What is stopping me? this project would force me to keep the garden under control, as it would interfere with the train operation.  I have a large garden and that would be a lot of work,

Atlas O and Gargraves are the only common 3 rail track in the USA that will tollerate being outdoors.  The rails wont rust and the ties are UV stabilized plastic like is used in better G scale track.   In the UK they have Maldon track, which while still a solid T rail profile, it keeps more of the "Tinplate" look.  But once you pay to get it here, you spent more than the Atlas O track, which is over $200 more than the Gargraves for my simple loop.  Hence why my plan is for Gargraves.  You do have to watch soldering rail joiners as when the mid day sun is beating on the rail, it will expand quite a bit, and in the winter cold, it will shrink and something has to give.  The better option is LGB makes a conductive paste for rail joints.  I plan to coat every pin before its inserted into the next section.  This, combined with power feeders every so often should keep the voltage flowing and stable.  Most of my running is live steam, but I want to be able to run all 3 modes of power outside.  Electric/Clockwork/Live Steam(with rail wipe down prior to running electric again). 

@eddiem posted:

I built an outdoor O layout a few years ago.  3 loops, Atlas track.

One piece of advice:  I should have soldered the track joiners.  When winter in CT is over, I have to work for a while to make all the connections work again.   Problem is that the joiners get corroded where they meet the track sections.  Had I soldered then joints when new, it would have been easy.  Now I would have to take the track apart, clean the ends, add joiners and solder while clean.  Joints won't solder once a layer of corrosion is on them.

Other than  that, the trains run great outside!  Mostly MTH DCS running...

You do not have to solder the rail joints using Atlas track.  Soldering rail joints eventually breaks your track because it prevents the track from expanding and contracting as it expands and contracts.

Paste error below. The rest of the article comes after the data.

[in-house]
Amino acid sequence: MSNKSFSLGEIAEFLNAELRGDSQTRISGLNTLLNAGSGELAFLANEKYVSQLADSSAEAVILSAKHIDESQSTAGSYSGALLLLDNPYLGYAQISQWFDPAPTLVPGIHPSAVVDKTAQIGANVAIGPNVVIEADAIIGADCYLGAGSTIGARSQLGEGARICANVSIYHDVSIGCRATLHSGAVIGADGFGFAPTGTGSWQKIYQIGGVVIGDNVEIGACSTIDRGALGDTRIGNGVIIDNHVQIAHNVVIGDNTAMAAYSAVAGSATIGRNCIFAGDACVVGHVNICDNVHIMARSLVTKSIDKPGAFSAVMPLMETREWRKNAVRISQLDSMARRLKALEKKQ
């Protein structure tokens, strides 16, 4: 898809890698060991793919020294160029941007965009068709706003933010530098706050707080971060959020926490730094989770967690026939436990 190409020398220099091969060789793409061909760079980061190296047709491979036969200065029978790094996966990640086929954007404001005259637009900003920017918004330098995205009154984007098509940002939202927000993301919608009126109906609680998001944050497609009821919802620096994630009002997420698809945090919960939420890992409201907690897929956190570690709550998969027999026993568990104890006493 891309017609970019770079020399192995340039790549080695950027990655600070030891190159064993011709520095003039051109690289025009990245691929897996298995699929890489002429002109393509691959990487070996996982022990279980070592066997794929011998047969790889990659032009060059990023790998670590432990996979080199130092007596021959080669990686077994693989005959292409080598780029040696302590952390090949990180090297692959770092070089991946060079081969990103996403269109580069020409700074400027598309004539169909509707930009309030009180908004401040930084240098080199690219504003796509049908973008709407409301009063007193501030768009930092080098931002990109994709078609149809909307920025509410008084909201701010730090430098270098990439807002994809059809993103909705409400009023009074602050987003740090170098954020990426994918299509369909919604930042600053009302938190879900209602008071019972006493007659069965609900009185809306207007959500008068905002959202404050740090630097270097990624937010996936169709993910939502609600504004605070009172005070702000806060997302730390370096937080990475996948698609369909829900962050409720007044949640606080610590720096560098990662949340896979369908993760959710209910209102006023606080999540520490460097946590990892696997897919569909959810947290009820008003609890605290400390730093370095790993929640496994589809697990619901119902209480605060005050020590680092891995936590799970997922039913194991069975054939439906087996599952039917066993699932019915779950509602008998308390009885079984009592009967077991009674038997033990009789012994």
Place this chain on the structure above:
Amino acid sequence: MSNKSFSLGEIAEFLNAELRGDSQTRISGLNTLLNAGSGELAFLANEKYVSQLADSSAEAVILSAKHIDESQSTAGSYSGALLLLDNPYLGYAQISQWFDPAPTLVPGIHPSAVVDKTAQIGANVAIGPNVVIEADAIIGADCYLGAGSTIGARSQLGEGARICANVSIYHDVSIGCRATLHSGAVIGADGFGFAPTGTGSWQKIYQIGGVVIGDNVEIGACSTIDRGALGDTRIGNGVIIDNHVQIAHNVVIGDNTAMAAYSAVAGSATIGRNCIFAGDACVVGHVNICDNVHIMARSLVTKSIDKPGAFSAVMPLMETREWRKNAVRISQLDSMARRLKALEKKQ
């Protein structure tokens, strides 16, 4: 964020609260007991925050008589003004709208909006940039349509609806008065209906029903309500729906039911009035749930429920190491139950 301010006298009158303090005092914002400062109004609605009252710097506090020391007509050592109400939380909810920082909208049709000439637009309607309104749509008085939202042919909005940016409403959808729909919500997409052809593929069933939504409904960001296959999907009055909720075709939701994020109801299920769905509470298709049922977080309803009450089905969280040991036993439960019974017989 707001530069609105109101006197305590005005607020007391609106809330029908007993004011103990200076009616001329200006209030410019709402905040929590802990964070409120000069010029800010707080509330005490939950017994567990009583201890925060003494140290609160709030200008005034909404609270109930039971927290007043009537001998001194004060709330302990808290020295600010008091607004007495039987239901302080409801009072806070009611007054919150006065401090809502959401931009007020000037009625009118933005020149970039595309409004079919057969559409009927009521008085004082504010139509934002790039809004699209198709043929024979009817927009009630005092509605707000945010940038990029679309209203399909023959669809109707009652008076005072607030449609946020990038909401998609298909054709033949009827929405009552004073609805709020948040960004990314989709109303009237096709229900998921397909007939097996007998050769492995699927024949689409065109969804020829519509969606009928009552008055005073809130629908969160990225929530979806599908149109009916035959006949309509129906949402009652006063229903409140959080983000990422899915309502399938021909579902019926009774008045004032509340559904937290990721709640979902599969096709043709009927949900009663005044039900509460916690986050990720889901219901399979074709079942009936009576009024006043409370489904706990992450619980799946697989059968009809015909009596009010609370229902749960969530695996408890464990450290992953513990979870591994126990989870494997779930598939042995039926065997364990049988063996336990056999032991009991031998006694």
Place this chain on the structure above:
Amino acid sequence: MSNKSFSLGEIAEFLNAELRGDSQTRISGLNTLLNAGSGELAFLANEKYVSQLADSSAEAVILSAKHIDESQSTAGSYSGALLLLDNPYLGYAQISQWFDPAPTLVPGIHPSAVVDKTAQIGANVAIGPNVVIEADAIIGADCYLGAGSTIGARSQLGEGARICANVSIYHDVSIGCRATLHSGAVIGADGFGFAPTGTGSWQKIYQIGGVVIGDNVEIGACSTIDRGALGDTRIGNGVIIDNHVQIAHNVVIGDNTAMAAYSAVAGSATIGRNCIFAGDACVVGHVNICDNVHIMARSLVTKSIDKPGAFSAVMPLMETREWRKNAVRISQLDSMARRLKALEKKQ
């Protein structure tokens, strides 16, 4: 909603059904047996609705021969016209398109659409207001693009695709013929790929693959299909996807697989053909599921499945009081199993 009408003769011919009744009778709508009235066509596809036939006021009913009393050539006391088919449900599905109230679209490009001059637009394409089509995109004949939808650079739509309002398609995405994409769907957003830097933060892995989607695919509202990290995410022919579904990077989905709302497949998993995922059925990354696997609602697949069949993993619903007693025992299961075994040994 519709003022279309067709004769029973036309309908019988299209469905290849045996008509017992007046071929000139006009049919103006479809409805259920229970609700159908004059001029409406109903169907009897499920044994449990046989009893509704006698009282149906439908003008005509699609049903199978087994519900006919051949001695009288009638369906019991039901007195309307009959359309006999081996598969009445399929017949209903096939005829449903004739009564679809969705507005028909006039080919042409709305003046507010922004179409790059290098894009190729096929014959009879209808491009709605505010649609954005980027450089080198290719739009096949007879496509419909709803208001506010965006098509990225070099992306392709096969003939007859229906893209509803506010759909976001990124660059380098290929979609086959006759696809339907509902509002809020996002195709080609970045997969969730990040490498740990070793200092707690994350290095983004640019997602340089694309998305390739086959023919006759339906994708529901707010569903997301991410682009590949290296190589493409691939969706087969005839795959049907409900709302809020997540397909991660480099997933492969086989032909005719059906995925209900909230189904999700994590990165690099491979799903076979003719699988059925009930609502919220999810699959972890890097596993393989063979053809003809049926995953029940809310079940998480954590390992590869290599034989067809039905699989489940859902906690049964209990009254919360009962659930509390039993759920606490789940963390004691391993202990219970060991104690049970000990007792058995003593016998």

The best practice is solder a jumper wire across the rail joint and leave a small loop in the jumper.  We have been doing this on the G&O layout for over 10 years.  This is also the way real railroads connect their track circuits across rail joiners except, of course, they weld  the track jumper.  NH Joe

The G&O is an outdoor railroad located in the San Francisco Bay Area.  It has both G gauge and O gauge displays.  The layout is almost 13 years old.  The O gauge uses Atlas track.  O gauge trains can be run conventionally, with Legacy/TMCC, and DCS.

Here is the link to the G&O Story on this forum:

https://ogrforum.ogaugerr.com/.../the-gandamp-o-story

Running O gauge outdoors is fun.  NH Joe

I’ve thought about it but the weather down here in Florida and the tropical overgrowth would make it a chore to maintain.  However, this hobbyist used to regularly post videos of his tinplate and other trains operating on his exquisite outdoor layout. I think his name was Fred and he resided up north. Looks like a great option for someone with a yard up North -

https://youtu.be/xttzifCiqqw

https://youtu.be/xfdFuyRXKwg

https://youtu.be/PlTy0U5It5k

Having an outdoor three rail O scale layout is very possible, I’ve had one for over six years now with no adverse effects from the elements. I used Atlas silver nickel track through out the layout. I also use a simple ladder line and stanchion system to lay the track on. Which hass also withstood the elements all these years. I have recently began to run my train on dead rail ( RC battery power ). I get several hours of run time and no need to clean track between run sessions. Here’s a few photos, and check out my website and YT channel.99CF7C2C-2130-4FF9-B849-982BBCC35CF4

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Last edited by sjbuff

I've done it when I didn't have space and it was a lot of fun.......you can't beat natural lighting when taking pictures.....these are from about 2007-10.......

IMG_0944IMG_1982IMG_1959100_0032

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As kids moved out after college, I moved to the garage, then the basement and next is the attic.....but, outside was fun, except for having to set up and take down.....

Peter